NZ tobacco plain packaging will help reverse death toll
New Zealand's tobacco plain packaging laws will help
reverse 1 billion global death toll (Cancer Council
Australia) New Zealand’s tobacco plain packaging
laws will help reverse 1 billion global death
CANCER COUNCIL AUSTRALIA
New Zealand’s tobacco plain packaging laws will help reverse 1 billion global death toll
The health benefits of plain packaging for tobacco will soon be enjoyed across the Tasman, following the New Zealand government’s announcement today that it will be the second country after Australia to adopt the groundbreaking policy.
Cancer Council Australia has congratulated the New Zealand Government on its decision.
Kylie Lindorff, Chair of Cancer Council Australia’s Tobacco Issues Committee, said the policy should end the use of cigarette packaging as a form of tobacco advertising in New Zealand, just as laws introduced in Australia last December have done here.
Ms Lindorff said the announcement would meet with fierce resistance from the international tobacco industry, as occurred in Australia.
“The most outspoken critics of plain packaging have been the tobacco companies and their supporters, which simply highlights how important the look and feel of the packaging is to promoting the sale of tobacco products,” she said.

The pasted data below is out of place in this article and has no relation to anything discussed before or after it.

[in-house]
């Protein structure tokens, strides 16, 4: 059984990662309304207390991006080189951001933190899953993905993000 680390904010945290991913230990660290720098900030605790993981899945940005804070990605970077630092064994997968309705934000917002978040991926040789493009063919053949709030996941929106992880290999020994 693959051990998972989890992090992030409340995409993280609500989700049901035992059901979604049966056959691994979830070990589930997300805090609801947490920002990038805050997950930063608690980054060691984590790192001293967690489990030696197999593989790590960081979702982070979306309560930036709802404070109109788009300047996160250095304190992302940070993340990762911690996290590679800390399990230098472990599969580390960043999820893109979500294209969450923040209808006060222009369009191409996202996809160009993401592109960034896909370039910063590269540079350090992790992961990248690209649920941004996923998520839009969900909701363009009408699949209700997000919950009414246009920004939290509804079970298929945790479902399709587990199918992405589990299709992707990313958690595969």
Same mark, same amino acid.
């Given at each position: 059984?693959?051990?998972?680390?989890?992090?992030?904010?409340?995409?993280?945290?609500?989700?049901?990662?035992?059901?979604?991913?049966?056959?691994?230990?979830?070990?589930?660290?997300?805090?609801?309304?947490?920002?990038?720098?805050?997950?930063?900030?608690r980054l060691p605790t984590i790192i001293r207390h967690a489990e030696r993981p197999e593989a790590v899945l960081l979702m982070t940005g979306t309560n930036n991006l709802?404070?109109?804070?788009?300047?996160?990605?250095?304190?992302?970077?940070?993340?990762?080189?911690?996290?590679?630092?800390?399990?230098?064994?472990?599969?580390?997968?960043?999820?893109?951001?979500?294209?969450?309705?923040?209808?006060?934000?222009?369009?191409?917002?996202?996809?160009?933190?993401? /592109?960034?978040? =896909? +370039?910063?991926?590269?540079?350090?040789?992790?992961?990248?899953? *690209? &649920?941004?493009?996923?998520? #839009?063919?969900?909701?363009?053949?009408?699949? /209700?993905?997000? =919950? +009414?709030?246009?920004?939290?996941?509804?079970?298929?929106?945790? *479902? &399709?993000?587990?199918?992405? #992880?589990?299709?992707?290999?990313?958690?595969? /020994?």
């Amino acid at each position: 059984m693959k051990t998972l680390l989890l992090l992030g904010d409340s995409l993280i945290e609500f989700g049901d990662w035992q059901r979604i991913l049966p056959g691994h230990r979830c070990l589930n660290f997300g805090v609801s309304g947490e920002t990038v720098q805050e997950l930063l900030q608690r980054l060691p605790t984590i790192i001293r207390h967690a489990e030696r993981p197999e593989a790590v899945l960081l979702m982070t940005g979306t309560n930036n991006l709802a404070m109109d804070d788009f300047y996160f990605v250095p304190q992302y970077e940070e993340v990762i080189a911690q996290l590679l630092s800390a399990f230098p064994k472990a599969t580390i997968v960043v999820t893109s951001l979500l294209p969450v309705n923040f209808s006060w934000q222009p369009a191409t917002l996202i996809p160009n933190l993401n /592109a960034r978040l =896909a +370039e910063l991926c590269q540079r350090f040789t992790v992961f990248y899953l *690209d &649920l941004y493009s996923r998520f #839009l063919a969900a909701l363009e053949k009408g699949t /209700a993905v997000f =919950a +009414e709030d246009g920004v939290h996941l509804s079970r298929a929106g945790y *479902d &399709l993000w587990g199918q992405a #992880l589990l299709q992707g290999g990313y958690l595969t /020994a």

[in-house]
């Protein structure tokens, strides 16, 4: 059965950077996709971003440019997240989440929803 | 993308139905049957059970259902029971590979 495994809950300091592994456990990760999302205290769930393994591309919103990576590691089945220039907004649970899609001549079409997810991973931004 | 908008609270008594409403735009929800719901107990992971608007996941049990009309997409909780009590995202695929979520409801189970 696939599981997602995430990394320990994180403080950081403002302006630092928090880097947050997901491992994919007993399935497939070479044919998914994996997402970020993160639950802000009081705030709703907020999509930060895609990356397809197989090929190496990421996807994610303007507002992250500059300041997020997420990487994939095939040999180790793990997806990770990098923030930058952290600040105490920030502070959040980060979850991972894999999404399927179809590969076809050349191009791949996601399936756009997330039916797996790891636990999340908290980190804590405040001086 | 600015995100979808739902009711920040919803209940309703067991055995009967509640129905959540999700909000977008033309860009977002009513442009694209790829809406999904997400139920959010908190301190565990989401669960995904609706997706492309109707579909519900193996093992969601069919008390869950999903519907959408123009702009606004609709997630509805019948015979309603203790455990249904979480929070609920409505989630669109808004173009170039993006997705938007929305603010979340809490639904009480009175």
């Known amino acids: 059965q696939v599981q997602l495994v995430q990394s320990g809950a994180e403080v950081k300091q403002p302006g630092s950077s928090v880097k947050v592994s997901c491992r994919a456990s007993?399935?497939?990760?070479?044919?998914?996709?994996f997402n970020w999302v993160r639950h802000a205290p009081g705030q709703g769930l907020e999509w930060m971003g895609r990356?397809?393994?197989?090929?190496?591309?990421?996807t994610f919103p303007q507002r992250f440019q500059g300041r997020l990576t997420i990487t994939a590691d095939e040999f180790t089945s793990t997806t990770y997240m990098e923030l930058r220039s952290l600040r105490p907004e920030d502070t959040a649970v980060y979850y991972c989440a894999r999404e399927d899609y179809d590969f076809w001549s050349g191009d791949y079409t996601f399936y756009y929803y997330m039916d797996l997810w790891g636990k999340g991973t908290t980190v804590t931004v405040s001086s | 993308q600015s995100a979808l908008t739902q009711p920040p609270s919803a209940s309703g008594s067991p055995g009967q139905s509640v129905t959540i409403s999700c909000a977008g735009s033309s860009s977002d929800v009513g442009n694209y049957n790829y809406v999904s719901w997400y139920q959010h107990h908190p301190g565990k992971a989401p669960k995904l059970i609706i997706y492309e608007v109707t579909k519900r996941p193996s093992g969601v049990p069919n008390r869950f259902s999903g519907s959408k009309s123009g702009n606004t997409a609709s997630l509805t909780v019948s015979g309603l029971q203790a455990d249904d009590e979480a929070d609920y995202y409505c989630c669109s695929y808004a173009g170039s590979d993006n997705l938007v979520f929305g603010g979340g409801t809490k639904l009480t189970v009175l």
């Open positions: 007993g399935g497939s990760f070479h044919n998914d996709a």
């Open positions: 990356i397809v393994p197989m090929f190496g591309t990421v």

“We’ve had evidence on the effectiveness of glossy packaging to lure new smokers for decades.
“In the 2½ months since the laws were introduced in Australia, we’re seeing signs that plain packaging may exceed our expectations on encouraging established smokers to quit as well.
“Calls to the Quitline increased significantly, and we’ve also heard anecdotal reports of smokers mistakenly thinking the content of cigarettes has changed – when all that’s changed is how the tobacco products are packaged.
“The announcement in New Zealand is a very encouraging development.
“On current trends, a total of 1 billion people globally will die from the direct effects of smoking in this century since tobacco products became mass-marketed.
“If more countries follow Australia, and now New Zealand’s lead, we can turn this terrible but preventable tragedy around.”